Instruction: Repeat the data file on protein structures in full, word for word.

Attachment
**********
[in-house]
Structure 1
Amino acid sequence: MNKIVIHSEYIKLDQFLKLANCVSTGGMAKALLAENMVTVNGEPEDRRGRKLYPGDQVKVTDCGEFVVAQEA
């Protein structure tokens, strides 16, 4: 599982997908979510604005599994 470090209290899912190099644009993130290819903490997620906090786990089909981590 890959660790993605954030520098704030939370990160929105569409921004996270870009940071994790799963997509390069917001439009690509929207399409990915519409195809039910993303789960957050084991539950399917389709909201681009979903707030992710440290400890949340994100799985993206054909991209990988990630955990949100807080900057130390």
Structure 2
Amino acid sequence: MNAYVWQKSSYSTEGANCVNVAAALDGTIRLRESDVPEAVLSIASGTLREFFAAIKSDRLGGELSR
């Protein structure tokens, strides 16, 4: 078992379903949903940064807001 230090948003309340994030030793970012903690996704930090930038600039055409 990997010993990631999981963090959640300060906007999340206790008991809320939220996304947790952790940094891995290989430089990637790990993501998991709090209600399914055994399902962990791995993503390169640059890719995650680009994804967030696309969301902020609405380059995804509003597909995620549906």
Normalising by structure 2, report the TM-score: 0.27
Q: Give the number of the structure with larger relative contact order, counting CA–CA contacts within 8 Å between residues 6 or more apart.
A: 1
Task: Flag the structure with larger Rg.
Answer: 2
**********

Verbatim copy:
[in-house]
Structure 1
Amino acid sequence: MNKIVIHSEYIKLDQFLKLANCVSTGGMAKALLAENMVTVNGEPEDRRGRKLYPGDQVKVTDCGEFVVAQEA
């Protein structure tokens, strides 16, 4: 599982997908979510604005599994 470090209290899912190099644009993130290819903490997620906090786990089909981590 890959660790993605954030520098704030939370990160929105569409921004996270870009940071994790799963997509390069917001439009690509929207399409990915519409195809039910993303789960957050084991539950399917389709909201681009979903707030992710440290400890949340994100799985993206054909991209990988990630955990949100807080900057130390």
Structure 2
Amino acid sequence: MNAYVWQKSSYSTEGANCVNVAAALDGTIRLRESDVPEAVLSIASGTLREFFAAIKSDRLGGELSR
């Protein structure tokens, strides 16, 4: 078992379903949903940064807001 230090948003309340994030030793970012903690996704930090930038600039055409 990997010993990631999981963090959640300060906007999340206790008991809320939220996304947790952790940094891995290989430089990637790990993501998991709090209600399914055994399902962990791995993503390169640059890719995650680009994804967030696309969301902020609405380059995804509003597909995620549906």
Normalising by structure 2, report the TM-score: 0.27
Q: Give the number of the structure with larger relative contact order, counting CA–CA contacts within 8 Å between residues 6 or more apart.
A: 1
Task: Flag the structure with larger Rg.
Answer: 2